As a footnote on general medical records, I just read a news report last week that a women here got a successful treatment of her Merniere's Disease by an elderly physician. Then she wants the physician to treat her mother for a similar symptom. But she just found out that the physician died a year ago. The physician was in solo practice. thus she couldn't even find her own med record in which some information about the treatment regimen might be helpful to her mother.
      Yes, this is a very slow process even under the great might of the central government.
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    Jun 8 2013: We had the problem of not having a backup for medical applications here in Sweden a bit more then a year ago. Our whole system crashed, it was on a cluster server on a single company and through a single technician error (very few people know this but I have a friend that worked at that company at the time) no one in Sweden got their medicals for over a week.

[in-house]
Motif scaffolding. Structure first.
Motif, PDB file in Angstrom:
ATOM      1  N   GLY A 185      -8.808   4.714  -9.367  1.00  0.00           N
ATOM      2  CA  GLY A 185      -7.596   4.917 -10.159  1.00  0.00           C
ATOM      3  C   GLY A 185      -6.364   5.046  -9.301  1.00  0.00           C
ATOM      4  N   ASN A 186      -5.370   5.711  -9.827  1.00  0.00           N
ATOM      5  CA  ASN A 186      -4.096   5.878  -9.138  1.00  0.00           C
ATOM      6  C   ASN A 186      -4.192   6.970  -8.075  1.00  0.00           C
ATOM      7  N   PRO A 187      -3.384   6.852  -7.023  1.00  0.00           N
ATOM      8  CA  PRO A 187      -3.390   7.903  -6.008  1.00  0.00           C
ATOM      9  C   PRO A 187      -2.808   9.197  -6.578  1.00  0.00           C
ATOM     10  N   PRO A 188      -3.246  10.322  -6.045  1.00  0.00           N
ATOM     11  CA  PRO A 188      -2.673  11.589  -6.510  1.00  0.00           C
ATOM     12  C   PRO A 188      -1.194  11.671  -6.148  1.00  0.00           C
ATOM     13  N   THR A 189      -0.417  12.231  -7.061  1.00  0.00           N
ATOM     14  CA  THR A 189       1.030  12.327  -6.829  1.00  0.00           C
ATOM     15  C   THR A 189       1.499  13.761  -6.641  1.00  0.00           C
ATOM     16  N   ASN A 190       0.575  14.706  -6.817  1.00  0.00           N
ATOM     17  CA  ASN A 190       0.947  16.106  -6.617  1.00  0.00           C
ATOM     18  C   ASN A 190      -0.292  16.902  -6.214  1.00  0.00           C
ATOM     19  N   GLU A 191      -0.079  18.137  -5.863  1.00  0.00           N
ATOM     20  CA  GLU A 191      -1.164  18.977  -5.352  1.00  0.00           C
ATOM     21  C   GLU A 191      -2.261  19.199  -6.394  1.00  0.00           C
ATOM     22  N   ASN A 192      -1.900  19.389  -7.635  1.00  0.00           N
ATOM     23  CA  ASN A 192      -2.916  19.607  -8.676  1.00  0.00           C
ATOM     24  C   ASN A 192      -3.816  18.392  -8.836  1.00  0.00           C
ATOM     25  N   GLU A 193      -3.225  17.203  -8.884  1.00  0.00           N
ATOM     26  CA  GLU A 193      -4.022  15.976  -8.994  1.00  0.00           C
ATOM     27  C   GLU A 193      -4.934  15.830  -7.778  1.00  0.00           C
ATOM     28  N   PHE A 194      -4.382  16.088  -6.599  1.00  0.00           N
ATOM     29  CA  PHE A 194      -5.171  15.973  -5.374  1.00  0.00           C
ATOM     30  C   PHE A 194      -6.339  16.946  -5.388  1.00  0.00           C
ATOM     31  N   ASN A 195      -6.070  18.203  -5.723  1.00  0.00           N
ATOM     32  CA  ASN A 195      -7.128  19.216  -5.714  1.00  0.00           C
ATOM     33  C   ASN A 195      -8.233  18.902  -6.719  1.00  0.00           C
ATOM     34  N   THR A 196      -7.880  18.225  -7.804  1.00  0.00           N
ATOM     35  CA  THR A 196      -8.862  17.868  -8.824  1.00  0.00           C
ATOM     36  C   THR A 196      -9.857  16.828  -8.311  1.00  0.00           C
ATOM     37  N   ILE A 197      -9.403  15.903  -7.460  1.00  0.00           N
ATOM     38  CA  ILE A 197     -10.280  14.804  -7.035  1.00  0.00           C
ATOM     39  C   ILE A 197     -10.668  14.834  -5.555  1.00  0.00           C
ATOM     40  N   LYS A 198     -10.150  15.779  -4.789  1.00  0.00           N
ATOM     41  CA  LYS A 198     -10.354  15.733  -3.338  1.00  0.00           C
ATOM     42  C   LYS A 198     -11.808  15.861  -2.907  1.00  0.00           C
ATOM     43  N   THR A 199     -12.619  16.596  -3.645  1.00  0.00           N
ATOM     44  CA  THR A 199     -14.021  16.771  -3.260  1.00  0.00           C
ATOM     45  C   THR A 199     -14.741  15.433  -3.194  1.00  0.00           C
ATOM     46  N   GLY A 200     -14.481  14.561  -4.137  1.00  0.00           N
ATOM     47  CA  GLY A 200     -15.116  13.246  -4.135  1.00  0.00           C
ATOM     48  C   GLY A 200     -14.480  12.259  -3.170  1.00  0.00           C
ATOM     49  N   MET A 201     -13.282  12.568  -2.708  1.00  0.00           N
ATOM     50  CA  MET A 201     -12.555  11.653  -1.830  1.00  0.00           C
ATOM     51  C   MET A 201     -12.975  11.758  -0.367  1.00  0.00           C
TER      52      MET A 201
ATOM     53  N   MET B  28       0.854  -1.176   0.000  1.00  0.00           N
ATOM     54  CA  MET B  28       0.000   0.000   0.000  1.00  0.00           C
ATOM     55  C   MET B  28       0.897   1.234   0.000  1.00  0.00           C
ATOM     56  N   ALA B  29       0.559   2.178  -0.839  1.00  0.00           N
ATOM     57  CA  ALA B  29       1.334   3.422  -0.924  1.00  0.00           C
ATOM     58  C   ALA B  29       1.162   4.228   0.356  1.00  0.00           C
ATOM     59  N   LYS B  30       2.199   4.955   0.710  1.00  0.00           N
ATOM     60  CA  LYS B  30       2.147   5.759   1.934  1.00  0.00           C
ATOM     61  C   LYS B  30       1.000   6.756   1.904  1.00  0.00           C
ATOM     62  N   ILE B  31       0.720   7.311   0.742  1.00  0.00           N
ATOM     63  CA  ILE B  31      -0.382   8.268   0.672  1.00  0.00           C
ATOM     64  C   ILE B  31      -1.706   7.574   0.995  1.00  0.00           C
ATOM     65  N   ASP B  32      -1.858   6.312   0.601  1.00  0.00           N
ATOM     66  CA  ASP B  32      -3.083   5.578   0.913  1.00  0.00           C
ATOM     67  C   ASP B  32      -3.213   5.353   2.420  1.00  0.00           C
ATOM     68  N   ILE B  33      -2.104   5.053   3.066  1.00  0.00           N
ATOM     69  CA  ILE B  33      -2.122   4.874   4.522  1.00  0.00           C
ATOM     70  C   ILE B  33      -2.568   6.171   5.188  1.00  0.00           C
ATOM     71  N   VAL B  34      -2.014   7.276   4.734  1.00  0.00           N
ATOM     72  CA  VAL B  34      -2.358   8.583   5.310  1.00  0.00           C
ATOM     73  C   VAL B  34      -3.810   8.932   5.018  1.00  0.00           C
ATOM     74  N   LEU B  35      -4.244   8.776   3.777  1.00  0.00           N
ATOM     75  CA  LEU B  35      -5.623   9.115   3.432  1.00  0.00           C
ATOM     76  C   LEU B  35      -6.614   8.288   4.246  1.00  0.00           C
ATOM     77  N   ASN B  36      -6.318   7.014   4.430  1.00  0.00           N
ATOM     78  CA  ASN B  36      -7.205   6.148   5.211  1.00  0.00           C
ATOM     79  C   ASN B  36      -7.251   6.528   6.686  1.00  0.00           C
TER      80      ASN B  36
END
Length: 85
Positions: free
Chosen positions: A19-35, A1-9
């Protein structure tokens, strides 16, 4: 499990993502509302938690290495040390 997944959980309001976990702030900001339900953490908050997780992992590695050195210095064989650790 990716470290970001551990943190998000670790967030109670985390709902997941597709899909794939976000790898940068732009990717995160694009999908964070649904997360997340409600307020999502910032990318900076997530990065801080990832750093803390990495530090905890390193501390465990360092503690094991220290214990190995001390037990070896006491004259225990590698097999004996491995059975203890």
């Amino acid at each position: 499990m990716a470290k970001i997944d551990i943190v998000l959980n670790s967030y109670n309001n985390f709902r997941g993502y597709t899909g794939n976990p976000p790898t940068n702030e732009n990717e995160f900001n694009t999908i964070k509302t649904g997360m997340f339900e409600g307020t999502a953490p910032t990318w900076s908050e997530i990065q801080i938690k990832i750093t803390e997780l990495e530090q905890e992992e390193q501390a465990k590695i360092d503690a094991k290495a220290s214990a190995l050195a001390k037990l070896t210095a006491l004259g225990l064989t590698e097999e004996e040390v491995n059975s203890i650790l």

The technician was supposed to change a server hard drive. only he did not follow the manual fully and took it out before the process was complete, it all crashed and there was havoc in all of Sweden. On top of that many of the credit card clients were also on that server so we couldn't pay with credit cards in most shops for some days. And all of the cleaning of airplanes also stopped working since they could no longer check their tasks and schedule...

    A backup is needed for every crucial system, sadly governments rarely make these kinds of things before the take a hit on it...
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    R H